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Wednesday, 8 September 1920


Mr CUNNINGHAM (Gwydir) . - In the Arbitration Court mistakes have been made by Judges because they hay© not possessed an intimate knowledge of the industries into the ramifications of which they are inquiring. I do not think there is oneman in Australia who will be competent to sit as an Arbitrator, delivering judgments in connexion with the working conditions of the whole of the Public Service, and avoid making mistakes.


Mr Hector Lamond - The power given to the President of the Arbitration Court to appoint assessors, if both parties to a dispute desire it, has never been utilized.


Mr CUNNINGHAM - It has not been used because the organizations have not found it necessary; but I know at least one case in which assessors with a knowledge of the pastoral industry would have been in a position to prevent the President of the Arbitration Court from making a serious mistake in delivering his award. In 1911, in the dispute between the Australian Workers Union and the pastoralists, the Court was asked to increase the rates paid to wool-pressers; but the Judge refused the application, and made some rather caustic comments against the union for daring to prefer such a request. As a matter of fact, owing to the manner in which the evidence had been given by the pastoralists, he reduced the rate payable to wool-pressers. But obviously, it was a mistake on his part, because I have not met a pastoralist yet who has availed himself of the opportunity to pay the reduced rate. The way in which the evidence was brought forward misled the Judge into believing that the earnings of these men were very much more than they really were.


Mr Groom - The Judge may consider that he was not misled.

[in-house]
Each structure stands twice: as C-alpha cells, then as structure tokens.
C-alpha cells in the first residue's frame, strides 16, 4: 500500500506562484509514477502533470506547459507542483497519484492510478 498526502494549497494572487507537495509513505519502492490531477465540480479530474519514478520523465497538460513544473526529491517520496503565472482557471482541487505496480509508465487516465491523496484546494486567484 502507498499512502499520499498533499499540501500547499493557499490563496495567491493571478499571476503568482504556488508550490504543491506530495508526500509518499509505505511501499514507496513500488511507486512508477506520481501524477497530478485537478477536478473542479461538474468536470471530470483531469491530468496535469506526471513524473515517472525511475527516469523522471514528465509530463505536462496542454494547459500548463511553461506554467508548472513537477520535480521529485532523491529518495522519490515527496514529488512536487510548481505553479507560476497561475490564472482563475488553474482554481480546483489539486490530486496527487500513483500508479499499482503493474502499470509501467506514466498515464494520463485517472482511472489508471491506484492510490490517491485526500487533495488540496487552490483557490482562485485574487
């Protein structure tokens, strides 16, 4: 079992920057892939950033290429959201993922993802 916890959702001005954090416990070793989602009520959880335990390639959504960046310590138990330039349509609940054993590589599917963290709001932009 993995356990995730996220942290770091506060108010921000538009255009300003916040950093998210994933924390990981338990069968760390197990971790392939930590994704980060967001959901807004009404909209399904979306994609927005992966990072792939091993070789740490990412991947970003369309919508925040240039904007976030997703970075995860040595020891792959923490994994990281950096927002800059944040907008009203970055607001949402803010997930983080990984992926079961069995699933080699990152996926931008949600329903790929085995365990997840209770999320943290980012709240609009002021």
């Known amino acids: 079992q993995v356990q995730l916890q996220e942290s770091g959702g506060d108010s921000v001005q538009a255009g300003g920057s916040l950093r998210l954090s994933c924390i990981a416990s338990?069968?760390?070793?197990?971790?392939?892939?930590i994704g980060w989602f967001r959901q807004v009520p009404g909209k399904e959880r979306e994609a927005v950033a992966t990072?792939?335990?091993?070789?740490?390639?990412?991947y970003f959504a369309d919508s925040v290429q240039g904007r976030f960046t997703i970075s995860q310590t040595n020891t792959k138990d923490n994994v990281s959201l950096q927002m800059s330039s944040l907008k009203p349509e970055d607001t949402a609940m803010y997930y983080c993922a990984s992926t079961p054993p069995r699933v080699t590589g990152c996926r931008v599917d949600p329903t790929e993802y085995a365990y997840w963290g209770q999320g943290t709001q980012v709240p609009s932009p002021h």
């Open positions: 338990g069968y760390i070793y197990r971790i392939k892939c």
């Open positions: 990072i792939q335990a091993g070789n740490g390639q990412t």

Mr CUNNINGHAM - In order to get the wool out of the way at shearing time, wool pressers are sometimes obliged to work fifteen and sixteen hours a day, so that, although they might earn £20 a week, it represents, perhaps, eighty or ninety hours work in a week, and not the ordinary forty-eight hours. The honorable member for South Sydney (Mr. Riley) has pointed out that when he was an assessor in the New South Wales Arbitration Court, glaring mistakes might have been made if it had not been for the fact that the Judge in formulating his awards had the assistance of assessors. I think the Public Service Arbitrator ought to be able to get the assistance of assessors appointed by the organizations appearing before him. If he is dealing with the postal sorters' claim a representative of the sorters should sit on the bench helping him to avoid mistakes. If he is hearing the claim of the linemen their representative should sit on the bench with him. Each division of the Service should be entitled to appoint its own assessors to sit on the bench with the Arbitrator. Thus he would avail himself of the advice of men with an intimate knowledge of each branch of the Service, not in the heated atmosphere of the room in which the arbitration proceedings are conducted, but when the award is being formulated. In this way glaring mistakes which might occur through the ignorance of the Arbitrator as to the conditions which apply in the Service could be avoided. We ought to make the appointment of assessors compulsory. The Conciliation and Arbitration Act allows the President of the Arbitration Court to inform his mind by expert advice through the appointment of assessors, but the Public Service Arbitrator may not choose to avail himself of the advice of experts. He may bet of opinion that he knows all about every matter. If assessors are appointed, there is no doubt the mind of the Arbitrator will be thoroughly well informed on every matter that comes before him before any award is given. I support the amendment.







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